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2018 Nissan Pathfinder; photos by Evan Sears

Editor’s note: This Car Seat Check was written in November 2016 about the 2017 Nissan Pathfinder. Little of substance has changed with this year’s model. To see what’s new for 2018, click here, or check out a side-by-side comparison of the two model years.

Some might think the Nissan Pathfinder sort of lost its way from the full-fledged truck-based SUV it once was when it was redesigned for 2013 as a car-based crossover — but it was great for accommodating car seats. For 2017, the automaker has tried to steal back some of its old-school manly mojo with a butched-up face-lift and stiffer suspension. But do any of the latest updates to this three-row seven-seater find the Pathfinder less kind to car seats?

How many car seats fit in the second row? Two

How many car seats fit in the third row? Two

Related: More Car Seat Checks


  • Latch, grade A: In the second row, there are two sets of lower anchors and three easily identifiable top tether anchors midway down the seatbacks. Access and connection are easy. There are no Latch anchors in the third row and just one top tether anchor. It’s positioned toward the bottom of the seatback, but it’s well-marked and easy to use.
  • Infant seat, grade A: The seat installed easily with no need to move the front passenger seat forward.
  • Rear-facing convertible, grade A: The seat installed easily with no need to move the front passenger seat forward.
  • Forward-facing convertible, grade A: In the second row, we were also able to install the convertible seat in the forward-facing position with ease. The seat fit well after raising the head restraint.
  • Booster, grade B: Our booster fit well in the second row, but the seat belt buckles sink into the wells between the cushions, which could make them tough for kids to grasp and use.
  • Third-row entry, grade B: The opening is narrow and the step-in is tall.
  • Third-row booster, grade B: Similarly, the booster also fit well in the third row. But again, the seat belt buckles sink into the wells between the cushions, which could make them tough for kids to grasp and use.
  • Third-row forward-facing convertible, grade A: The forward-facing convertible seat fit well in the third row when we installed it using the seat belt, but a car seat with a larger base than our Britax Marathon model may run into crowding problems on the downsized rear seat cushions.


Skip It

Grading Scale

Solid indicates an A grade for optimum ease of use and fit. So-So indicates B or C grades for one to two ease-of-use or fit issues. Skip It indicates D or F grades.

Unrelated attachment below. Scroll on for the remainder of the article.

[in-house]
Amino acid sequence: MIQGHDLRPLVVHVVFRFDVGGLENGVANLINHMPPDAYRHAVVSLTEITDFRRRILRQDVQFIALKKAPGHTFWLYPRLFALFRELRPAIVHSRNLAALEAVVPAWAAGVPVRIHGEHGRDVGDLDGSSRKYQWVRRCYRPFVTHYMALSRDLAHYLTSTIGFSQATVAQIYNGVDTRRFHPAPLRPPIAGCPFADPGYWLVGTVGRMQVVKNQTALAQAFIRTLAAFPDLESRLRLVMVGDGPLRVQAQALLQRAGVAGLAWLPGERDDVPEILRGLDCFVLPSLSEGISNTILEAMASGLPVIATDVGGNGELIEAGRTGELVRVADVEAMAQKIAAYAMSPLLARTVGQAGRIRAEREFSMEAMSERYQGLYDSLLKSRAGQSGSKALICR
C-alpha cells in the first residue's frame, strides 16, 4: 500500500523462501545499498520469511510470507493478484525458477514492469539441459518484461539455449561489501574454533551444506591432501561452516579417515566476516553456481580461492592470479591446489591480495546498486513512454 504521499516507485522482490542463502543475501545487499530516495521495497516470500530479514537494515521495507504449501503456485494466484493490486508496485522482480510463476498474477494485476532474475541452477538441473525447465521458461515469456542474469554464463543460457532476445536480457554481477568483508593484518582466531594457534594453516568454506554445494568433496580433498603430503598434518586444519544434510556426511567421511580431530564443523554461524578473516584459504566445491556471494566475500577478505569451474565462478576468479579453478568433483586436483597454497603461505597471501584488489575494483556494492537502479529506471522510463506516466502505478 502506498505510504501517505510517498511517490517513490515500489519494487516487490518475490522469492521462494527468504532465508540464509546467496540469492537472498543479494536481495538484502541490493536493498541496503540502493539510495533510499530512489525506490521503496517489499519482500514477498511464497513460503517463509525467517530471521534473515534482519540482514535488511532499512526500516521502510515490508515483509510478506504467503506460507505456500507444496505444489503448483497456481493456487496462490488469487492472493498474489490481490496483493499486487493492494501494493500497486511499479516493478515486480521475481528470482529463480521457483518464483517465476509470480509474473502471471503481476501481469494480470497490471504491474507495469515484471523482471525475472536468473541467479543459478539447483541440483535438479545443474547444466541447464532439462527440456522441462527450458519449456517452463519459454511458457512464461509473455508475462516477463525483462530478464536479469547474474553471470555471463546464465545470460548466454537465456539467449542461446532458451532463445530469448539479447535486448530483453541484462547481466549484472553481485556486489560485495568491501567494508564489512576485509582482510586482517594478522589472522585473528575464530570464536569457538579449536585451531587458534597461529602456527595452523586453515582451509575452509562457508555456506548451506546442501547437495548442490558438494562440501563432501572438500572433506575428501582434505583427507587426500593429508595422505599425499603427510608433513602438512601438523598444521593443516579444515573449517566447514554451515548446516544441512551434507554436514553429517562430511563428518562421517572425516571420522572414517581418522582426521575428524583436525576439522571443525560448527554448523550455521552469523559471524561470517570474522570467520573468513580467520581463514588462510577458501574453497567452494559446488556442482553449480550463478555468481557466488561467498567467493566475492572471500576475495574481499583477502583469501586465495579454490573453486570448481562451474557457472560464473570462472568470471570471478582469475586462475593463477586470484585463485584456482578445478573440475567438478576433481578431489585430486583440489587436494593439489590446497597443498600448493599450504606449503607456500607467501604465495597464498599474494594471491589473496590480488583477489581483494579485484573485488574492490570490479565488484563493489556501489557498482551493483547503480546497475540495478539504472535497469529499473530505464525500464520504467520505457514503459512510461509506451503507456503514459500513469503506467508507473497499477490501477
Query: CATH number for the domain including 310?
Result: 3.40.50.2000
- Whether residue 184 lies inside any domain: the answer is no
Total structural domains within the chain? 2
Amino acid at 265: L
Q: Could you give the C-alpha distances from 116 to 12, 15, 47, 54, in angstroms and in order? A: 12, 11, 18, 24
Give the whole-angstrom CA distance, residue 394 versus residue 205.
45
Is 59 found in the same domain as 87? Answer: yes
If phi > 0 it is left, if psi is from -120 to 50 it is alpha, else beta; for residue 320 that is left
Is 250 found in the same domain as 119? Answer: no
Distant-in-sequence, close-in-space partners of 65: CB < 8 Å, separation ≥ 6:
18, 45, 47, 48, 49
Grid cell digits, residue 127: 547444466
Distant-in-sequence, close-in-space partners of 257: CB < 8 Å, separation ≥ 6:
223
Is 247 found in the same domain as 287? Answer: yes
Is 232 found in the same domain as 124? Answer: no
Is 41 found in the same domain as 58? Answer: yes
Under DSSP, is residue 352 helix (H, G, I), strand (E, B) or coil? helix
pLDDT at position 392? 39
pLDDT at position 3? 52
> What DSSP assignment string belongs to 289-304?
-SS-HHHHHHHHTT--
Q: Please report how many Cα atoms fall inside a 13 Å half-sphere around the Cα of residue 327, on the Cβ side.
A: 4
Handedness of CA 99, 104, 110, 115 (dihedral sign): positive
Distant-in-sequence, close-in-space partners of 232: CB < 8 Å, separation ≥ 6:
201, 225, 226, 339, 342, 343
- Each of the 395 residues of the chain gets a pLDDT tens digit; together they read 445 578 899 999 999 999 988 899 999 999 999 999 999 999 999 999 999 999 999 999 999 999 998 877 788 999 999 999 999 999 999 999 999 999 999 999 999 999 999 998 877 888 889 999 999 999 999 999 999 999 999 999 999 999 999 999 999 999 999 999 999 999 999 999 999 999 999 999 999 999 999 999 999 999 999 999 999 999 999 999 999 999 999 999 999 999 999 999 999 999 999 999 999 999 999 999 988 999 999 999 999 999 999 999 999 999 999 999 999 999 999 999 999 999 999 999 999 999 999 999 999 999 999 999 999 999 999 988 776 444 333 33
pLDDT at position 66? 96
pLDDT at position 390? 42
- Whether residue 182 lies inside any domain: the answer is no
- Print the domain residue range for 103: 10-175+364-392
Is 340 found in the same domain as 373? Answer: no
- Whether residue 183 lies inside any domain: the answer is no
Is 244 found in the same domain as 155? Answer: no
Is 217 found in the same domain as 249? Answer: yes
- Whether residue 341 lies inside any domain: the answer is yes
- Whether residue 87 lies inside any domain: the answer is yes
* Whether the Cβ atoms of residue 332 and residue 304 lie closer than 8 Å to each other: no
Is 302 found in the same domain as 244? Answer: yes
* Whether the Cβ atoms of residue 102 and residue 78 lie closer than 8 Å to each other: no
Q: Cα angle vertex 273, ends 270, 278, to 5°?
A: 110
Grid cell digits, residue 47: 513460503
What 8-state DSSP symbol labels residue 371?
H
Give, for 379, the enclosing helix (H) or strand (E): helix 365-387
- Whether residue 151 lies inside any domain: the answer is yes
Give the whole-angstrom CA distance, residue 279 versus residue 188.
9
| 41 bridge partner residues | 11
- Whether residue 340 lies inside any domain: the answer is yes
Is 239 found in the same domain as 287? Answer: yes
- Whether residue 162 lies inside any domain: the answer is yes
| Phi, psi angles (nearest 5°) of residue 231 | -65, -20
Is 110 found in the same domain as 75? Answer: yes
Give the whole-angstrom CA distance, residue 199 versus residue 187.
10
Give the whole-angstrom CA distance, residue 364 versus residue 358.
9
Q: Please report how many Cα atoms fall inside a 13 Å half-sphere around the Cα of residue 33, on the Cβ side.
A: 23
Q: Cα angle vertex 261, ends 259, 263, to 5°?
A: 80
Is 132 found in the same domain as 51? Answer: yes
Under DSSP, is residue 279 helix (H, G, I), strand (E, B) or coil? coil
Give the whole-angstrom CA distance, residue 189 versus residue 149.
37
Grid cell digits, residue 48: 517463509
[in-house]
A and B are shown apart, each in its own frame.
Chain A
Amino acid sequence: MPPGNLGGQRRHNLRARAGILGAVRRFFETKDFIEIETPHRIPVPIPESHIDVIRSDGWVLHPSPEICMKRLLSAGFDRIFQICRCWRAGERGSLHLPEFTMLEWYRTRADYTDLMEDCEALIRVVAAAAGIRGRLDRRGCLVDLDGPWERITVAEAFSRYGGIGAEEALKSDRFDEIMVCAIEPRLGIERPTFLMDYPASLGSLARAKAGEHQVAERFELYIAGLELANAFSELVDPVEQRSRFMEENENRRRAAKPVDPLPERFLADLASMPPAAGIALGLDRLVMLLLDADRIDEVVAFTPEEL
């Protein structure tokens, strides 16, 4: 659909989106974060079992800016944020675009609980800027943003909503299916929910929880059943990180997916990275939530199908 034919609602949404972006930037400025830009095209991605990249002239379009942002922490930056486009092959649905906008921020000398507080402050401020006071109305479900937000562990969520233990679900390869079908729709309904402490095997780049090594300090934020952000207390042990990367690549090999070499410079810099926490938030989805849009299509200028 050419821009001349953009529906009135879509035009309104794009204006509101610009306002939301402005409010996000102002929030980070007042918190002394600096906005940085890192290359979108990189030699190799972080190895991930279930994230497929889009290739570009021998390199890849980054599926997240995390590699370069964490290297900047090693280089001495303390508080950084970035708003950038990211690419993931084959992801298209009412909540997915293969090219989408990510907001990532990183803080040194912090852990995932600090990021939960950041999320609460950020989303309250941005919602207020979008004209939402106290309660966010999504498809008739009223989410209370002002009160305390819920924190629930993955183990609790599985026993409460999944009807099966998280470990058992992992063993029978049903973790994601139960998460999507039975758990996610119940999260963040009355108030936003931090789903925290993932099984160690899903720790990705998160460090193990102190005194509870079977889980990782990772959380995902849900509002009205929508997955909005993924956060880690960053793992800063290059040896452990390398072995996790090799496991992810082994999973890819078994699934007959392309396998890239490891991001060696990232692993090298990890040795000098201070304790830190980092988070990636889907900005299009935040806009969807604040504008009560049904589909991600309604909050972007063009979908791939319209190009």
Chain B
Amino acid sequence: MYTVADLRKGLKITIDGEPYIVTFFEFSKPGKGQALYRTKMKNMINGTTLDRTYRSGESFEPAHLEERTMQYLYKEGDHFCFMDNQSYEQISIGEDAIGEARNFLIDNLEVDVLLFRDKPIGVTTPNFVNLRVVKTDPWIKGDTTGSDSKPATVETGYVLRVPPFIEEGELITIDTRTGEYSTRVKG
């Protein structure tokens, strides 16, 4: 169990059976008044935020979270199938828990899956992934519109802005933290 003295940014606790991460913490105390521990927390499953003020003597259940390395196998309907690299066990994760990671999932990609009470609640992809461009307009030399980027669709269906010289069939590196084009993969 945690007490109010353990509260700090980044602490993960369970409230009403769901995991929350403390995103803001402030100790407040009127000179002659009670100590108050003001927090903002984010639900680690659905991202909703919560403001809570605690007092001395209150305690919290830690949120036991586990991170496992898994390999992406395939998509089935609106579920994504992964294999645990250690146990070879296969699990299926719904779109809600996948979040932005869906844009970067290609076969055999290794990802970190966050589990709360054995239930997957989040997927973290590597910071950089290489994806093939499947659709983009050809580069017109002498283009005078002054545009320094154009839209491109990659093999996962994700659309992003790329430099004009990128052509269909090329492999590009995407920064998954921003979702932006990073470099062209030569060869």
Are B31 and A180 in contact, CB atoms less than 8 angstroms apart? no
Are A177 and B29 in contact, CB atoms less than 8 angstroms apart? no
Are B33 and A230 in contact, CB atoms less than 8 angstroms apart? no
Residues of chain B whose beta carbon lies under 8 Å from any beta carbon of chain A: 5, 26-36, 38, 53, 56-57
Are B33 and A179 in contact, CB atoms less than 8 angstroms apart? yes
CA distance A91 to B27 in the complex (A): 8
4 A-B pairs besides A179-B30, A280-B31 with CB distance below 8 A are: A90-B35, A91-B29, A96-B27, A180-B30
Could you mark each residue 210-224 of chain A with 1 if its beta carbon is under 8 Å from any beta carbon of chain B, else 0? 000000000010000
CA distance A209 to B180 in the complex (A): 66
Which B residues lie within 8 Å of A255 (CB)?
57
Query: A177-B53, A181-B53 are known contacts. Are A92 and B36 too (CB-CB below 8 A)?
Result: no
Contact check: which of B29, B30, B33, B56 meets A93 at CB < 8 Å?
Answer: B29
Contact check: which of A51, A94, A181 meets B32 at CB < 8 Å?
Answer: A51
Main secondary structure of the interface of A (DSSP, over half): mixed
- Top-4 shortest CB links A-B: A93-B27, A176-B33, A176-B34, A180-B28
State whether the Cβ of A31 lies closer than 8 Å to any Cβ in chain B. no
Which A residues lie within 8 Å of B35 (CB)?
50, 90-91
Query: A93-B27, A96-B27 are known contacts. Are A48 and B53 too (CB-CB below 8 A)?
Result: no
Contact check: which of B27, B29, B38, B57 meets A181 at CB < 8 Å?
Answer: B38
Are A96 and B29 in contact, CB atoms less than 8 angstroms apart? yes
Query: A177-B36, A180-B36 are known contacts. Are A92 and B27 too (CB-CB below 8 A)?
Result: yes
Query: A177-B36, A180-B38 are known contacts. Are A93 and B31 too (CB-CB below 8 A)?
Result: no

A: Plenty of room for the car seat and the child; doesn’t impact driver or front-passenger legroom. Easy to find and connect to Latch and tether anchors. No fit issues involving head restraint or seat contouring. Easy access to the third row.  

B: One room, fit or connection issue. Some problems accessing third row when available.

C: Marginal room plus one fit or connection issue. Difficult to access third row when available.

D: Insufficient room, plus multiple fit or connection issues.

F: Does not fit or is unsafe.

About’s Car Seat Checks

Editors Jennifer Geiger, Jennifer Newman and Matt Schmitz are certified child safety seat installation technicians.

For the Car Seat Check, we use a Graco SnugRide Classic Connect 30 infant-safety seat, a Britax Marathon convertible seat and Graco TurboBooster seat. The front seats are adjusted for a 6-foot driver and a shorter passenger. The three child seats are installed in the second row. The booster seat sits behind the driver’s seat, and the infant and convertible seats are installed behind the front passenger seat.

We also install the forward-facing convertible in the second row’s middle seat with the booster and infant seat in the outboard seats to see if three car seats will fit; a child sitting in the booster seat must be able to reach the seat belt buckle. If there’s a third row, we install the booster seat and a forward-facing convertible. Learn more about how we conduct our Car Seat Checks.

Parents should also remember that they can use the Latch system or a seat belt to install a car seat, and that Latch anchors have a weight limit of 65 pounds, including the weight of the child and the weight of the seat itself.’s Editorial department is your source for automotive news and reviews. In line with’s long-standing ethics policy, editors and reviewers don’t accept gifts or free trips from automakers. The Editorial department is independent of’s advertising, sales and sponsored content departments.

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